CNPC to Start Laying Second China-Russia Oil Pipeline in Juneby
Expansion of link to ESPO pipeline spur will be ready in 2017
Company has received NDRC approval to start construction
China National Petroleum Corp., the country’s biggest oil and gas producer, will start laying a second domestic oil pipeline in June to allow for increased Russian crude supplies to flow to China’s northeastern city of Daqing.
The project between the Chinese border city of Mohe and Daqing runs parallel to an existing spur off of Russia’s East Siberia-Pacific Ocean crude pipeline. The 942 kilometer (585 mile) line has received construction approval from the National Development and Reform Commission, China’s top economic planner, and is expected to be completed by October 2017, CNPC said in a statement on its website Thursday. The two pipelines will have a combined annual capacity of 30 million metric tons of crude.
“The second oil pipeline will help integrate northeast China’s crude resources, and further improve the safety and reliability of China’s crude oil supplies,” CNPC said in the statement.
The energy relationship between the two neighbors -- one of the world’s biggest oil producers next door to the biggest oil user after the U.S. -- has continued to deepen since Russia started sending oil supplies to China from the spur off the ESPO pipeline in 2011. Imports of Russian crude last year jumped 28 percent, placing the country as China’s largest supplier on an annual basis after Saudi Arabia.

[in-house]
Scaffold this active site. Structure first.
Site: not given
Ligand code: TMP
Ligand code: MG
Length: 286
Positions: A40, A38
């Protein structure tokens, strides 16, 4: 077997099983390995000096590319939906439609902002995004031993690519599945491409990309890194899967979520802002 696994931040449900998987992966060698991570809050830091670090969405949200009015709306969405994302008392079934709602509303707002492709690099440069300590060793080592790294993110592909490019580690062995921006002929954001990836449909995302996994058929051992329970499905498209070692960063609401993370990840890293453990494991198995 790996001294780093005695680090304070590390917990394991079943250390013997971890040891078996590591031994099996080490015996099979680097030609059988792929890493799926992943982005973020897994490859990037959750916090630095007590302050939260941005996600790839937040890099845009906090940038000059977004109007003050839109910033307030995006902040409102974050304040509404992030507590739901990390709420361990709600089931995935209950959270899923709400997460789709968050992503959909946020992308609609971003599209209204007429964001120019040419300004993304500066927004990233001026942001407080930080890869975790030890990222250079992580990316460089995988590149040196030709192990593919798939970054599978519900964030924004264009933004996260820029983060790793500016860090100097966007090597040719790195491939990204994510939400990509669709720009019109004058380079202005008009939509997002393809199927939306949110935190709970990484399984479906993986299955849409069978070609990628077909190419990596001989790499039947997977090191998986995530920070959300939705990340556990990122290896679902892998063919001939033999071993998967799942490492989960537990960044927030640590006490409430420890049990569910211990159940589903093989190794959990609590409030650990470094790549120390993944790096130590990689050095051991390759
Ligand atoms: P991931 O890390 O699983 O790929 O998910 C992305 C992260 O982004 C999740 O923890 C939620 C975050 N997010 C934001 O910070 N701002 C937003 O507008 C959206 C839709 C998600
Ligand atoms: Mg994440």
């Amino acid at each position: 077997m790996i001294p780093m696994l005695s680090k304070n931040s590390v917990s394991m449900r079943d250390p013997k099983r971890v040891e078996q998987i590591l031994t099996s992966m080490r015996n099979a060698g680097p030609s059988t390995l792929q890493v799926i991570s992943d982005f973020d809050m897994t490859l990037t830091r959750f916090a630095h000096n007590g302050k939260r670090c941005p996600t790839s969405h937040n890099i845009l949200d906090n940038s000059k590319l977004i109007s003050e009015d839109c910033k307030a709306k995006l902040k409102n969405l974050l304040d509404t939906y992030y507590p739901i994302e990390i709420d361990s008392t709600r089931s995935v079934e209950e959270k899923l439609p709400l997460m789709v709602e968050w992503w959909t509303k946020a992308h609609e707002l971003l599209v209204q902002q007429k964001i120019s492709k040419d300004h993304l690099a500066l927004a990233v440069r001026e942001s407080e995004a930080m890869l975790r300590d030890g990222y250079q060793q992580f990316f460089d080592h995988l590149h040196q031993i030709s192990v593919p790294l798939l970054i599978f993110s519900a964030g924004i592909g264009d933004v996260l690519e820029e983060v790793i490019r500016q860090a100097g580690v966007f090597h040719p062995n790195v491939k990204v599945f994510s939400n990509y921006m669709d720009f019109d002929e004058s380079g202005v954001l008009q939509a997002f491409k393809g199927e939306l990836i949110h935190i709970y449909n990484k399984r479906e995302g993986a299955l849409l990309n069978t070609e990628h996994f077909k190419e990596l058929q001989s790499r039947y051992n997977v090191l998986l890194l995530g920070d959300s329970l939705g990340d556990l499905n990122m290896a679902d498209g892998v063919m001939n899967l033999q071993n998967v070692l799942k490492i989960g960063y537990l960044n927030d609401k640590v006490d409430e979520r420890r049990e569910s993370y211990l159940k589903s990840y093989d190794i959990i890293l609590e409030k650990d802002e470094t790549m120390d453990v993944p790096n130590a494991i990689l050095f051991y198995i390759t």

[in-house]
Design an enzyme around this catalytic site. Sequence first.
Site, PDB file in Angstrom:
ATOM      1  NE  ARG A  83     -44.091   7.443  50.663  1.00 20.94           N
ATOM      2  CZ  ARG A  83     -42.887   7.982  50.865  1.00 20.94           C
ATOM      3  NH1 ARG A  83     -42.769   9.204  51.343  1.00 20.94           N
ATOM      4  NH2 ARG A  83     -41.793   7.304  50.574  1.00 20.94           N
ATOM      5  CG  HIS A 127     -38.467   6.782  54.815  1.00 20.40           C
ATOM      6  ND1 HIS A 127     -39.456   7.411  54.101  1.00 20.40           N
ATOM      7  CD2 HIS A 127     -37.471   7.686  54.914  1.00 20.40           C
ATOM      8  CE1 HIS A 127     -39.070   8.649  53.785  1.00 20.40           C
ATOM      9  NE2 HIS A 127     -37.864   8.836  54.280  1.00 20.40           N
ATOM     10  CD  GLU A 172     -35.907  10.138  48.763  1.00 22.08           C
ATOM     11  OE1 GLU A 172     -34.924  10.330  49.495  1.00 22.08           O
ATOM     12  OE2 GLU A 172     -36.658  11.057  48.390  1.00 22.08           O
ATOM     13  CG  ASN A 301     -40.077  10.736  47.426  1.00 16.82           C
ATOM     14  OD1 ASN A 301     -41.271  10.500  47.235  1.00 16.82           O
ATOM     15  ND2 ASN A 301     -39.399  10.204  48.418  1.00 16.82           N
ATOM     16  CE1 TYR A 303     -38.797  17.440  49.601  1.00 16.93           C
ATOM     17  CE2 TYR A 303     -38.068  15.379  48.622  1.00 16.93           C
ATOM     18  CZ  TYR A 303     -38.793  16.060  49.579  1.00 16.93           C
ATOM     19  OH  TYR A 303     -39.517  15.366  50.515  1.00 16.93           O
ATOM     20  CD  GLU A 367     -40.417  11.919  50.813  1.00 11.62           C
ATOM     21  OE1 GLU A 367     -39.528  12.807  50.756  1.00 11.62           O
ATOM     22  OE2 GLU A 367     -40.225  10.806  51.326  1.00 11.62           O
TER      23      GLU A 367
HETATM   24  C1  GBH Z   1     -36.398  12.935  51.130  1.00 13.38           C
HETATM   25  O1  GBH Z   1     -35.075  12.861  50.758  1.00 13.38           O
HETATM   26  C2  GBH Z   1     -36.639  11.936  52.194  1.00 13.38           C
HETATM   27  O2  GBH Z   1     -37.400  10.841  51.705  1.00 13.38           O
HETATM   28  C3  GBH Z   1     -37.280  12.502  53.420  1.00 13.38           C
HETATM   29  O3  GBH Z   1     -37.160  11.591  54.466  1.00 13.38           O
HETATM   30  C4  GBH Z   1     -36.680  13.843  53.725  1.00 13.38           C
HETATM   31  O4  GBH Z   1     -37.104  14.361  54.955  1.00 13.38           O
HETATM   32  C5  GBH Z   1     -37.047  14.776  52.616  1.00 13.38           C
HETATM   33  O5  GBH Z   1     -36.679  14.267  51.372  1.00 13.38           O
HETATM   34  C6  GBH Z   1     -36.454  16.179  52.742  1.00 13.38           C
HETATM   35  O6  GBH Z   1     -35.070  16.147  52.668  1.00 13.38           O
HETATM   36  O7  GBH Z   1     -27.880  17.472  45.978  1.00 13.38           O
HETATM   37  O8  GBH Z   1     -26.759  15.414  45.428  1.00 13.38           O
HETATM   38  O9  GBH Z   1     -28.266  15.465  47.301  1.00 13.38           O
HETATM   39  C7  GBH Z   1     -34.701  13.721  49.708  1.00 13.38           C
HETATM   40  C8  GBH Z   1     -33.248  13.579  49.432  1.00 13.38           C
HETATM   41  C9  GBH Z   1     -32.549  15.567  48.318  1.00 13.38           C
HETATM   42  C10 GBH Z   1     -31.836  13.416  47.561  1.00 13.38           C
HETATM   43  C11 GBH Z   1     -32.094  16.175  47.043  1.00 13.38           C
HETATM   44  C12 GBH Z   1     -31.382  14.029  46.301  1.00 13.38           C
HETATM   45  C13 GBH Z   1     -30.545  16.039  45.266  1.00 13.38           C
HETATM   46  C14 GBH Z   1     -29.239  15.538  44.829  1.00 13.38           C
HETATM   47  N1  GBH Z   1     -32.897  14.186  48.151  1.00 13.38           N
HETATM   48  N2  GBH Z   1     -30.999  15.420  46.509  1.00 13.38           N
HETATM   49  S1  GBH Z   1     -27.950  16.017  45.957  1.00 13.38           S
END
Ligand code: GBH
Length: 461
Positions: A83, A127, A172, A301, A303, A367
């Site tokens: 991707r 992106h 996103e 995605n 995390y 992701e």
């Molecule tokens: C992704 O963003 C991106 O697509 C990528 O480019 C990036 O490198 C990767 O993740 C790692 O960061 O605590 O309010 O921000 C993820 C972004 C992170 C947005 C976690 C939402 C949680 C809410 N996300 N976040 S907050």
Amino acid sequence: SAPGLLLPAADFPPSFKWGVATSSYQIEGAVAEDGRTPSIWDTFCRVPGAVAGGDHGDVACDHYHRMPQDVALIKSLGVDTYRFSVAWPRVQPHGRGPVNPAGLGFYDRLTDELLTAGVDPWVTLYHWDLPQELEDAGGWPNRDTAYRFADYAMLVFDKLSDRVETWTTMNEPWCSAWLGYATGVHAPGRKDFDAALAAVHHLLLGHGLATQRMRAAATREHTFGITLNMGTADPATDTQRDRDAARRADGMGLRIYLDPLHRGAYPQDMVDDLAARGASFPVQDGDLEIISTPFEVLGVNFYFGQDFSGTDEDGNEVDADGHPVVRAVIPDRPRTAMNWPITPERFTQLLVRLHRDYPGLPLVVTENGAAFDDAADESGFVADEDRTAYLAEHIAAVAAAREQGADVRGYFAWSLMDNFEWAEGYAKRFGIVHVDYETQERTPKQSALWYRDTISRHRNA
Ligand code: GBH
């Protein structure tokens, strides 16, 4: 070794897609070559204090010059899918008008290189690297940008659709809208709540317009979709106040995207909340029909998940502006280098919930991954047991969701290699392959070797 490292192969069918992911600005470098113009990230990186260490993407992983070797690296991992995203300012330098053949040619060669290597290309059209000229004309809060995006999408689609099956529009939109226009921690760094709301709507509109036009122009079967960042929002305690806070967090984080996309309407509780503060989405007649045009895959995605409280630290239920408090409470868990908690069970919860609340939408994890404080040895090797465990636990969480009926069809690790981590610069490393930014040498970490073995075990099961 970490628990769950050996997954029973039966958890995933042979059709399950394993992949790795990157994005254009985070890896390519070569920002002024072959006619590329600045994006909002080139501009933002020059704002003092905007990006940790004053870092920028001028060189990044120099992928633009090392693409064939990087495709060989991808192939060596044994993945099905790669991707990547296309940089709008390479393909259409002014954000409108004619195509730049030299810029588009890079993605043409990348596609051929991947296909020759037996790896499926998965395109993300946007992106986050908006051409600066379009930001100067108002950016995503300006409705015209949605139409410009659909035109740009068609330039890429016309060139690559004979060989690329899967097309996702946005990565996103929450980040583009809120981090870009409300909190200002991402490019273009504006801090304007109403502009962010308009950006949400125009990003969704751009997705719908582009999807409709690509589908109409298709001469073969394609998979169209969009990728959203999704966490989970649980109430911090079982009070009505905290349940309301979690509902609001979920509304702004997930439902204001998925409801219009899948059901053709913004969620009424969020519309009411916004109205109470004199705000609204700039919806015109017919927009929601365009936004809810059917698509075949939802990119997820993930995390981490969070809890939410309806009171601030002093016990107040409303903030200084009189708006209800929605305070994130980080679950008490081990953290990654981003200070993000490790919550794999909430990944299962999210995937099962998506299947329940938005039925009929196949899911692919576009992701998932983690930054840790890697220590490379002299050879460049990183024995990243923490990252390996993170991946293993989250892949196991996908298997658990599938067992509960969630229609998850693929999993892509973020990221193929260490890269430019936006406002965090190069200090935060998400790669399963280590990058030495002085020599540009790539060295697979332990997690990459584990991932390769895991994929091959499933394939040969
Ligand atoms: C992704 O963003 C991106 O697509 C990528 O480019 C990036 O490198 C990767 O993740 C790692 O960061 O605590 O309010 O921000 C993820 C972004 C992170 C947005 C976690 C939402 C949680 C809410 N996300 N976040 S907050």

Russia’s Transneft will be ready to ship 30 million tons of oil a year to China through the link by Jan. 1, 2018, Vice President Sergei Andronov said in April. Russia’s OAO Rosneft signed a $270 billion deal with CNPC in 2013 to supply about 360 million metric tons of crude to China over 25 years, the second of two crude-supply deals between the countries.
China and Russia are also considering building a second natural gas pipeline to transport as much as 30 billion cubic meters of natural gas annually from West Siberia to China over 30 years. The two signed a $400 billion pact in 2014 to send 38 billion cubic meters of natural gas annually over 30 years to China via East Siberia by as soon as 2018.